If Voters Hate Congress So Much, Then Why Hasn’t Any Incumbent Lost a Primary?

Congressional approval is at 11 percent. And voters are gluttons for punishment.

Senate Republican Leader Sen. Mitch McConnell (R-KY) votes in the state Republican primary May 20, 2014 in Louisville, Kentucky.
National Journal
Peter Bell and Brian Resnick
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Peter Bell Brian Resnick
May 21, 2014, 8:14 a.m.

Amer­ic­ans might be mad as hell at Con­gress — but they’re go­ing to keep tak­ing it.

Con­sider these two facts:

1: Con­gres­sion­al ap­prov­al is at 11 per­cent, as meas­ured by the latest All­state/Na­tion­al Journ­al Heart­land Mon­it­or Poll.

2: Ex­actly zero in­cum­bent can­did­ates — for the Sen­ate or House — have lost a primary race in this midterm cycle. In Tues­day’s con­gres­sion­al primar­ies, in­cum­bents went 45 for 45, and es­tab­lish­ment Re­pub­lic­ans won easy vic­tor­ies against their tea-party rivals. Des­pite how much voters say they hate the cur­rent Con­gress, they still like them bet­ter than their primary chal­lengers.

Now, these are just primary elec­tions. Come Novem­ber, the in­cum­bents could lose out to the oth­er party. That’s es­pe­cially true for Sen­ate Demo­crats. As Charlie Cook has ex­plained, “A sur­vey of the na­tion­al land­scape finds that open Demo­crat­ic seats in South Dakota and, to a less­er ex­tent, West Vir­gin­ia will be ex­tremely dif­fi­cult for the party to hold.”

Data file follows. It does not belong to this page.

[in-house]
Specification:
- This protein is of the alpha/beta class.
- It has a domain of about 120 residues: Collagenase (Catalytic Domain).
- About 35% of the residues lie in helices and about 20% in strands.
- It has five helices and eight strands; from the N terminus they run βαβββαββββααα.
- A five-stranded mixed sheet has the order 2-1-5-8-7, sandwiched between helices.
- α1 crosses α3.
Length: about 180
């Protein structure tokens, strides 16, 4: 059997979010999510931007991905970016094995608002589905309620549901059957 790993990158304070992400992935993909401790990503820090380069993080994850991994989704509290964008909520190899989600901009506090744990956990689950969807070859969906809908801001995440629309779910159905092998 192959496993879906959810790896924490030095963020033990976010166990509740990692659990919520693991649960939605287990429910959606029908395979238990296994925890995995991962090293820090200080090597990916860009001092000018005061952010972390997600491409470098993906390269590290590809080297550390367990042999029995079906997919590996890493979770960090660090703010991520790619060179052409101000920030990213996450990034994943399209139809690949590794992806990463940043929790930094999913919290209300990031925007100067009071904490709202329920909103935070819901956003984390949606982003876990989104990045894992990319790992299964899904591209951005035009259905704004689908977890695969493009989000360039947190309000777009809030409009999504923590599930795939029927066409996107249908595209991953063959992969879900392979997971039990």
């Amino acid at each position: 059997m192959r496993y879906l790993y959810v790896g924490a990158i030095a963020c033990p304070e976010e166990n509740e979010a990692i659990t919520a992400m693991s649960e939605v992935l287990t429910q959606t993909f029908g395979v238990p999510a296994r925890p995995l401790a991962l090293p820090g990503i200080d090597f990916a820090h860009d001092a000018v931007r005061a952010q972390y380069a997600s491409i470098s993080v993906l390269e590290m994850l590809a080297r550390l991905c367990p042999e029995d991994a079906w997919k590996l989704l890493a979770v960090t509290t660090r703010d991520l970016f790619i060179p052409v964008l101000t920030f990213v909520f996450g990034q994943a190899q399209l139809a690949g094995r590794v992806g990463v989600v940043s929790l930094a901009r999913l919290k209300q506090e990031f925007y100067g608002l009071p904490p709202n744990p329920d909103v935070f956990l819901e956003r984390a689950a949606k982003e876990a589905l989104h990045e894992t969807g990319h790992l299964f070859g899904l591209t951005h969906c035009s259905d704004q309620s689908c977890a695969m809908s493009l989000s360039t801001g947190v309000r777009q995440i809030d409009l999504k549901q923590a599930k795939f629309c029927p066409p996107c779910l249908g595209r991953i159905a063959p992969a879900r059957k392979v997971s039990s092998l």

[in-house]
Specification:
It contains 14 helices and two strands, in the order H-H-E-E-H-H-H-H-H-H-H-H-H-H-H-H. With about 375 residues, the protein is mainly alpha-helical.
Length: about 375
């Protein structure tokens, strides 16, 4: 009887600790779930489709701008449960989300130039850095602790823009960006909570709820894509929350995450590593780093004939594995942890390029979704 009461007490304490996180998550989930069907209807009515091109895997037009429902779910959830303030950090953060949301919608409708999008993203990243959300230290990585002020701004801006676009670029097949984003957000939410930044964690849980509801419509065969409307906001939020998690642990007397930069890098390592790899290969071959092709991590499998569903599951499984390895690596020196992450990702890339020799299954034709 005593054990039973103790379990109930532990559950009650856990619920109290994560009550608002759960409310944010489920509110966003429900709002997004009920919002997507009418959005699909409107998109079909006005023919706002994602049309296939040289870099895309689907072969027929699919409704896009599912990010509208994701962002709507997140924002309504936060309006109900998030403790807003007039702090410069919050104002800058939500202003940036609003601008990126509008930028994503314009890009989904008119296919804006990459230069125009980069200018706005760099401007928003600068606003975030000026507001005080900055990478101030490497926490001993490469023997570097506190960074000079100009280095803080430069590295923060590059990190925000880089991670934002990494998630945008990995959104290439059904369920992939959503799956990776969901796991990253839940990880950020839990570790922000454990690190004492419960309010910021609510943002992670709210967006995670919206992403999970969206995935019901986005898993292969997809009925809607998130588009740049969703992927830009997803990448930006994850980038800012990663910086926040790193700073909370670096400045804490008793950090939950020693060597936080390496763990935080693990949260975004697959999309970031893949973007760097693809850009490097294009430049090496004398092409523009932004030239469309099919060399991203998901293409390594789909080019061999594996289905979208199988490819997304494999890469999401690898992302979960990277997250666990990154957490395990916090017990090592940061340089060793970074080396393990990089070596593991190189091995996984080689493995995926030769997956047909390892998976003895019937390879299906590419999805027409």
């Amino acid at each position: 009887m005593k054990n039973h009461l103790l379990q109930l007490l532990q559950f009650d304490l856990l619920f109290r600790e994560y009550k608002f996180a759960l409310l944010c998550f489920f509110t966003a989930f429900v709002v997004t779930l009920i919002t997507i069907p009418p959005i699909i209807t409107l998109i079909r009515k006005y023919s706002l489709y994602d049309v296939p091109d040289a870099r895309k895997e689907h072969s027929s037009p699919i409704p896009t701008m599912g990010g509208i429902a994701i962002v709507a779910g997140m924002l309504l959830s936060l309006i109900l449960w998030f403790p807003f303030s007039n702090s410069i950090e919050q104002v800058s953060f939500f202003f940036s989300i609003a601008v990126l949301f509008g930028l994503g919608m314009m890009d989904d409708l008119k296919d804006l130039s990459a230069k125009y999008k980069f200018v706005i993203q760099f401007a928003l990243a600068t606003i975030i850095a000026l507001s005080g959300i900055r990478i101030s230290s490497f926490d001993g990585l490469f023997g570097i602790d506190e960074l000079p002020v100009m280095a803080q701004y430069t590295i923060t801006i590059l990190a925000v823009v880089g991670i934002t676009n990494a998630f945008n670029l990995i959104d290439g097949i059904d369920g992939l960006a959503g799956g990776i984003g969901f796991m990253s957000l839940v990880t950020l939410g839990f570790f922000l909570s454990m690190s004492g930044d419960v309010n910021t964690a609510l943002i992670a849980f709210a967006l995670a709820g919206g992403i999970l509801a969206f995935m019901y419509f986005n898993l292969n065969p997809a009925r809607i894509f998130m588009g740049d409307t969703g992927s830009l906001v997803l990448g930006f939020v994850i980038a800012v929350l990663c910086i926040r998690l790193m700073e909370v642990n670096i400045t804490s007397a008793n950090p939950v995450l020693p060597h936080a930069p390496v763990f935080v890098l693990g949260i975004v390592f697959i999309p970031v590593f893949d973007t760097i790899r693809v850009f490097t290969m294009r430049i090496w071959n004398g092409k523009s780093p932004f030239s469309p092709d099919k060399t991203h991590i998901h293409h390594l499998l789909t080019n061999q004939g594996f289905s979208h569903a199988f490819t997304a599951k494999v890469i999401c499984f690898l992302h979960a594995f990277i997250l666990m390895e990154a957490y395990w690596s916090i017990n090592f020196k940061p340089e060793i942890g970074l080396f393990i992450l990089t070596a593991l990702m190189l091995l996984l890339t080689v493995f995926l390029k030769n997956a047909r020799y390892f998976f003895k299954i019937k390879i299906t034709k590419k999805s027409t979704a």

So what gives with these primary res­ults?

In­cum­bent reelec­tion rates are rarely re­spons­ive to pub­lic opin­ion of Con­gress. Even in years when con­gres­sion­al ap­prov­al tanks, in­cum­bent turnover holds steady.

For one, over­all con­gres­sion­al ap­prov­al num­bers don’t ex­tra­pol­ate well. Voters elect solely their own rep­res­ent­at­ives, and their bal­lots aren’t ne­ces­sar­ily a ref­er­en­dum on the en­tire le­gis­lat­ive body. Last May, when con­gres­sion­al ap­prov­al was at 13 per­cent, Gal­lup found about 46 per­cent ap­proved of the job their rep­res­ent­at­ive was do­ing. This April, the AP asked a sim­il­ar ques­tion, and found that while just 16 per­cent ap­proved of Con­gress, 39 per­cent said they would like to see their mem­ber reelec­ted. Of those who are most polit­ic­ally en­gaged, that fig­ure was 44 per­cent.

Also, in re­cent years dis­tricts have be­come “safer” for polit­ic­al parties due to re­dis­trict­ing, as you can see in the slid­ing graph­ic to the right.

What’s be­com­ing ap­par­ent now is that even the his­tor­ic­ally low ap­prov­al of Con­gress dur­ing the gov­ern­ment shut­down — Gal­lup had it as low as 9 per­cent — can’t shake this in­cum­bent ad­vant­age. House reelec­tion rates, in most cycles, are high­er than 90 per­cent, ac­cord­ing to Open­Secrets. For the Sen­ate, those num­bers are only slightly lower.

The Sen­ate may very well flip to the Re­pub­lic­ans, over a hand­ful of seats, but the ma­jor­ity of the faces in the cham­ber will be the same.

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